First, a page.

"Referringrnow more particularly to Figures 2 to, 6 of, the drawings, it will be observed that the pump unit of the present invention essentially includes a plurality of fluid pressure cylinders 30, 3!; 32 and 33, suitably mounted upon a main supporting base 34 for the unit, each of said cylinders having operatively associated therewith a double-acting piston 35 designed for rectilinear,

reciprocating motion. Each cylininder is provided with a pair of fluid intake ports 363'| and a pair of fluid discharge ports38-39 (see Figure 3), the operation of each cylinder being such that upon downward thrust of its piston, the pressure,

fluidis drawn into the cylinder through the intake port 36 and forced therefrom out of the discharge port 38, while upon upward thrust of the piston, the fluid is drawn into the cylinder through the 'intake port 31 and forced therefrom, outof the discharge port 39. Thus. for each:

cycle of operation of each piston 35, fluid is alternately pumped by way of the conduits 46 and 4| and through the check valves 22 thereof into the, high pressure fluid'manifold II. The several piston 35 are respectively guided for rectilinear,

cylindrical seat 46 upon which is suitably journalled one end of a main power shaft 41 extending transversely-across the top of the said front structure 43. The upper edge 48 of the body member 44 intermediate the power shaft supporting pedestals 45--45 terminates at a point spaced well below the main shaft 41 to provide the necessary clearance for other parts of the apparatus to be presently described. Also extending transversely across and bridging. the space between the shaft-supporting pedestals 4545 is a top member 49, the opposite ends of which are respectively provided With downwardly presenting semi-cylindrical seats 50-50 which are complemental to the fixed seats 46-46 to provide therewith complete journal boxes for the opposite ends of the main power shaft 41. Preferably, these journal boxes may be internall fitted with Suitable ler bea s or the like (not shown) for theshaft. The complementally shape-d parts of the pedestals 45-45 and the bridging member 49 are secured together by bolts 5|.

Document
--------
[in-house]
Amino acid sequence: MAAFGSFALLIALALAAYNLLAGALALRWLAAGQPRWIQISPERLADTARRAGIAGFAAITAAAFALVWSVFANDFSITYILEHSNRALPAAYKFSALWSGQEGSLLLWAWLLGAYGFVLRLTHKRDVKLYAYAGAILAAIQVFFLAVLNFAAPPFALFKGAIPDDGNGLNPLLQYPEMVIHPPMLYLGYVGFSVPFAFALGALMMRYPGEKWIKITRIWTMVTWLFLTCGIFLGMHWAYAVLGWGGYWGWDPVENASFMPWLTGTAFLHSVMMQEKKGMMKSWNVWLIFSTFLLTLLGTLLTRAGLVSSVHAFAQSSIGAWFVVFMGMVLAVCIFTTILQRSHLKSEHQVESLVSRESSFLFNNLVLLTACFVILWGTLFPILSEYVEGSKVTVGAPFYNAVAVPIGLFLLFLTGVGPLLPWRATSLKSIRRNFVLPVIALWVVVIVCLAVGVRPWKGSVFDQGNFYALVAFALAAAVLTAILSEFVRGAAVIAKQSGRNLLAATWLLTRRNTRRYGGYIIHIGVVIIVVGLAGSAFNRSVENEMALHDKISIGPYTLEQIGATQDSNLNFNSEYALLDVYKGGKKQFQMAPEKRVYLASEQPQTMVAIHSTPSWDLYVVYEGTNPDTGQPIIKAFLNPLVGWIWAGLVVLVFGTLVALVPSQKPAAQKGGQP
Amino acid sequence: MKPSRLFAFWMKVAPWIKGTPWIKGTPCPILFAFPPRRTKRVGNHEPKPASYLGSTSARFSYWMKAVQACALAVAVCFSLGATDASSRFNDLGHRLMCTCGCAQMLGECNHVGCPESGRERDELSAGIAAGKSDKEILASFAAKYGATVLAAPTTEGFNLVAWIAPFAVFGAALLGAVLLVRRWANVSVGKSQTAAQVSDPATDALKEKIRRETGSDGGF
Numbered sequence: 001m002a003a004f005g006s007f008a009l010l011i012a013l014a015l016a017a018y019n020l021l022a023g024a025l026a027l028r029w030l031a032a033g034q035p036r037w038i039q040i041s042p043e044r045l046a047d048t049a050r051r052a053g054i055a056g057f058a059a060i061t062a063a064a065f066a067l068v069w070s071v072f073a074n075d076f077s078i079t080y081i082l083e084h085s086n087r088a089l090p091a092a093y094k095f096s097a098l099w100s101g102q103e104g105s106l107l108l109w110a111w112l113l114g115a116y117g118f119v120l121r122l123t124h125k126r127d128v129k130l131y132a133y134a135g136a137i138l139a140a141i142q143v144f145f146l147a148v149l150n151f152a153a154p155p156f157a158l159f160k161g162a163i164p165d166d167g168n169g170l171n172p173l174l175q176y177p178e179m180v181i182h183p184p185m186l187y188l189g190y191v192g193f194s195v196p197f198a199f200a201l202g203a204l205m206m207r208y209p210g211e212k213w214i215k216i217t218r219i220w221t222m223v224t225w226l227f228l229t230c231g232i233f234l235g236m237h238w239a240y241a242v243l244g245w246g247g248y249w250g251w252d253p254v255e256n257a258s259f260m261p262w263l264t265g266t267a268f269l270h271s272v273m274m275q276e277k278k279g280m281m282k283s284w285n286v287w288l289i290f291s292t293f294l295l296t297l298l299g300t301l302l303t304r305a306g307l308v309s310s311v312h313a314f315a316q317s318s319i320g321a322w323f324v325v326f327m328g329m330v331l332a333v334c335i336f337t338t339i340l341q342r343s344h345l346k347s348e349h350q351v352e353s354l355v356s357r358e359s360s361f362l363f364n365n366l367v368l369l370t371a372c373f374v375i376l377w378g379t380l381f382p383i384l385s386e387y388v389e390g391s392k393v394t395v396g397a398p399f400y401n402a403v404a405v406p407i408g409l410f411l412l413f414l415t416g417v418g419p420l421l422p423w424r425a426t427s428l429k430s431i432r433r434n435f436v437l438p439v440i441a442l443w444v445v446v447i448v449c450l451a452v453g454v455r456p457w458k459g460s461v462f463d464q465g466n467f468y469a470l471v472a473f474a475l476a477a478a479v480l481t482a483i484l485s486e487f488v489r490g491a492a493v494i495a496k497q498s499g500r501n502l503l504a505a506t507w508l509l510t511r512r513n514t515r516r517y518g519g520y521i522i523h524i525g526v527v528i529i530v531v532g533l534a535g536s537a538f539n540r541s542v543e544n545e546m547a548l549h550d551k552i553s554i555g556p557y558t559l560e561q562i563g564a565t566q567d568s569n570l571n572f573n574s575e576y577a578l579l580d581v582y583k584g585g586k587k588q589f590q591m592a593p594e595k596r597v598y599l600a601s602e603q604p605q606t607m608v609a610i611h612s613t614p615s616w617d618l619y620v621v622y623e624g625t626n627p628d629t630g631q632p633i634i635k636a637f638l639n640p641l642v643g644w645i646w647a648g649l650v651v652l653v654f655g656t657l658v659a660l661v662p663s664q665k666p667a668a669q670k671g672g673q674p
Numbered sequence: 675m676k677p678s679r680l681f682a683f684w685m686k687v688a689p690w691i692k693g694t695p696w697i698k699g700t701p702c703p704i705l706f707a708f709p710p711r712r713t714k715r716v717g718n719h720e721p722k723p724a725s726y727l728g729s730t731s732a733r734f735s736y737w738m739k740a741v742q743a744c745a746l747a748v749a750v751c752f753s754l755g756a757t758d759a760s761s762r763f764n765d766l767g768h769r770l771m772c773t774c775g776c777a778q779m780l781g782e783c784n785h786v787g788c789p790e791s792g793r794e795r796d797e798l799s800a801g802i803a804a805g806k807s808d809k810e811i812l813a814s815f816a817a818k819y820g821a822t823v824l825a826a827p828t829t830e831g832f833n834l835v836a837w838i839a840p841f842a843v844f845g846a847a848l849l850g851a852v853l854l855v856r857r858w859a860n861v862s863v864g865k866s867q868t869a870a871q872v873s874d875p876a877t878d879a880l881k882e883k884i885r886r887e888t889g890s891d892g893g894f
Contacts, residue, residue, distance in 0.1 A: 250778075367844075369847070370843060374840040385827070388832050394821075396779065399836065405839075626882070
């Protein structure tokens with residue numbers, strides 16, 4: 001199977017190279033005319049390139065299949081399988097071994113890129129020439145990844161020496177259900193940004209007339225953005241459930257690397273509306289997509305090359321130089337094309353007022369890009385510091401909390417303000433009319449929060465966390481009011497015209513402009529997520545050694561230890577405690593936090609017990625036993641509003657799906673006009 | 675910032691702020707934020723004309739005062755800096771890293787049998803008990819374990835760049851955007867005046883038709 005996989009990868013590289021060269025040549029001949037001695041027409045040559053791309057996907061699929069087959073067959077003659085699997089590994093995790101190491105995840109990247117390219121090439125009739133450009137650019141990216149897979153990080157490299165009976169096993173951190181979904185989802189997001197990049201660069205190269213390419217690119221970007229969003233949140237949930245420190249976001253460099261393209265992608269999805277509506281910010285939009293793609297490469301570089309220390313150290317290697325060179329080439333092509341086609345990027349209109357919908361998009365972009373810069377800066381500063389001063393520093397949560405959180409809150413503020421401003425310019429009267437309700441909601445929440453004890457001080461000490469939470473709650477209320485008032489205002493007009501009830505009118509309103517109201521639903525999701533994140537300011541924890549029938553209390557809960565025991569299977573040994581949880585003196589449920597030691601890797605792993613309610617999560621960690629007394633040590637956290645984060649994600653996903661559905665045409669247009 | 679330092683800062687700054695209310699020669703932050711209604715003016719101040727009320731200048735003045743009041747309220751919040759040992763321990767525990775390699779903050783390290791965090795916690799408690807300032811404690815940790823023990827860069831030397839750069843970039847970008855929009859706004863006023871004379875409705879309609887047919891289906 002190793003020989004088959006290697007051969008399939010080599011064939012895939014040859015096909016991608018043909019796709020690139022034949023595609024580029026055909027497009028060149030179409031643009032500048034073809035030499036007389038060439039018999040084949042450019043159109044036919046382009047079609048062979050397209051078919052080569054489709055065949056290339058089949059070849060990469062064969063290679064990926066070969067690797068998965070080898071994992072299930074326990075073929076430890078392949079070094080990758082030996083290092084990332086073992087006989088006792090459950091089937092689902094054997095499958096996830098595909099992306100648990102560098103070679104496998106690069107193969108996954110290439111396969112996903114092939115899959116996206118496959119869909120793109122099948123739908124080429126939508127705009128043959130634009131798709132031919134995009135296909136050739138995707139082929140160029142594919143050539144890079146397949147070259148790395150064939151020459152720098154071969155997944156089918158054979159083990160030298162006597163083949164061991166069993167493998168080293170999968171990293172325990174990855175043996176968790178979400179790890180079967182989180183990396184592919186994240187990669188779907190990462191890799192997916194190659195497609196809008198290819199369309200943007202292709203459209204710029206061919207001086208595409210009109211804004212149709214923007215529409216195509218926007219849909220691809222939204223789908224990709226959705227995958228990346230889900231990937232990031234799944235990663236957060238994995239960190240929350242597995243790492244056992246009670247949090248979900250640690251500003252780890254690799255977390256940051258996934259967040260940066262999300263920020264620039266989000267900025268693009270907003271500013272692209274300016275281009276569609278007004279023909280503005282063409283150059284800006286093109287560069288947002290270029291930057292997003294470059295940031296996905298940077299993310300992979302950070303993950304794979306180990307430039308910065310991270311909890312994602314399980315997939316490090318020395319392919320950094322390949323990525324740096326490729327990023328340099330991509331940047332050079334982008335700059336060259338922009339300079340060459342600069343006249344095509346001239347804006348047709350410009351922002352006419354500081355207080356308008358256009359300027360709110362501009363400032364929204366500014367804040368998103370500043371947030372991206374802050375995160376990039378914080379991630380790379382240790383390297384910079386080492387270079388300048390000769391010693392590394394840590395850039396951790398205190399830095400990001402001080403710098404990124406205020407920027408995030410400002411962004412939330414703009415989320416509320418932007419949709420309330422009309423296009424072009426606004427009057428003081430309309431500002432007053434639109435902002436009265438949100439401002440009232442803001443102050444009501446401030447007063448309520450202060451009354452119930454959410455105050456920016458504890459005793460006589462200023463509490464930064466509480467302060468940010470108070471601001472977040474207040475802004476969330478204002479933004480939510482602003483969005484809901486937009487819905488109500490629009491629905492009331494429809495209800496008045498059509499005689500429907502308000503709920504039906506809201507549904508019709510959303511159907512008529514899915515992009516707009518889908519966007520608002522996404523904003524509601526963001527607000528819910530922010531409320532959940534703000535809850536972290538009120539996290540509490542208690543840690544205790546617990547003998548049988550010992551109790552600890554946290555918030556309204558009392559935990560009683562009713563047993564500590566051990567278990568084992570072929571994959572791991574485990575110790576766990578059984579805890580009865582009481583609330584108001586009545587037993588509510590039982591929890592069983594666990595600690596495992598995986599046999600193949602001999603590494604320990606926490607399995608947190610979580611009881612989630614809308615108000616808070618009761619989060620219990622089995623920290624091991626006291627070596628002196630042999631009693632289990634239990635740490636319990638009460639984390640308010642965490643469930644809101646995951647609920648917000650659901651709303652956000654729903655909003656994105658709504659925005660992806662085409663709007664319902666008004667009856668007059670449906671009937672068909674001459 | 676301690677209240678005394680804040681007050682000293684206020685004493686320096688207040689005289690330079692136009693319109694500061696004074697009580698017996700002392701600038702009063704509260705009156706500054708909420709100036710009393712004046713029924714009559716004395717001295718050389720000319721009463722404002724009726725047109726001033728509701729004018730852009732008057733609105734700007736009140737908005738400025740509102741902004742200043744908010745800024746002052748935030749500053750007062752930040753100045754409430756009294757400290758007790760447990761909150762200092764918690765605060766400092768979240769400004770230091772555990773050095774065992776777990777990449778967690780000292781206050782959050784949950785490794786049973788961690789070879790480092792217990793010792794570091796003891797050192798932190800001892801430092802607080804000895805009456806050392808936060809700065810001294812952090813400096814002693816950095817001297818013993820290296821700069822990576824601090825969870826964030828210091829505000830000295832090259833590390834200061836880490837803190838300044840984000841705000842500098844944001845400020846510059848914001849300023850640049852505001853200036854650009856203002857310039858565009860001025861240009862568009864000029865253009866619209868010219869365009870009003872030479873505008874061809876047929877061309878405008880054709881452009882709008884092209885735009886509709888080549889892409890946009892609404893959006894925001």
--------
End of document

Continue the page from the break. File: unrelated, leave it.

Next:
As most clearly appears in Figures 5 and 6, the bridging member 49 is undercut or notched at uniformly spaced intervals, as at 52, to provide a series of spaced portions 53 to which are respectively secured, as by the bolts 54, intermediate supporting members 55 for the main shaft 41. These intermediate supporting members 55 are also complementally shaped to provide, conjointly with the portions of the bridging member to which they are secured, auxiliary journal boxes for the shaft, which auxiliary journal boxes may be fitted with roller bearings as in the case of the end journal boxes for the shaft,

The several unsupported portions of the shaft disposed within the spaces 52 formed in the eccentric enlargements 56, 51, 58 and 59, each ofthese eccentric portions of the shaft being in turn embraced by an eccentric strap suitably formed of two parts secured together, as by the bolts 6!. As appears most clearly in Figure 6 and in Figures 9 to 12, these eccentric portions 56, 51, 58 and 59 are angularly spaced apart to the extent necessary to equalize and balance the effort of the shaft and insure the production of uniform pulsations of the pressure fluid as discharged from the several pressure cylinders which are respectively operatively associated with the several angularly related eccentric portions of the main drive shaft. In the apparatus as shown, four such pressure cylinders are employed and by angularly spacing the ecentric portions of the power'shaft 60 degrees apart, each pressure cylinder is caused to deliver two fluid pressure im leakage of the fluid along the pulses for each revolution of the main drive shaft 41, the several impulses per shaft-revolution being delivered sequentially at uniformly timed,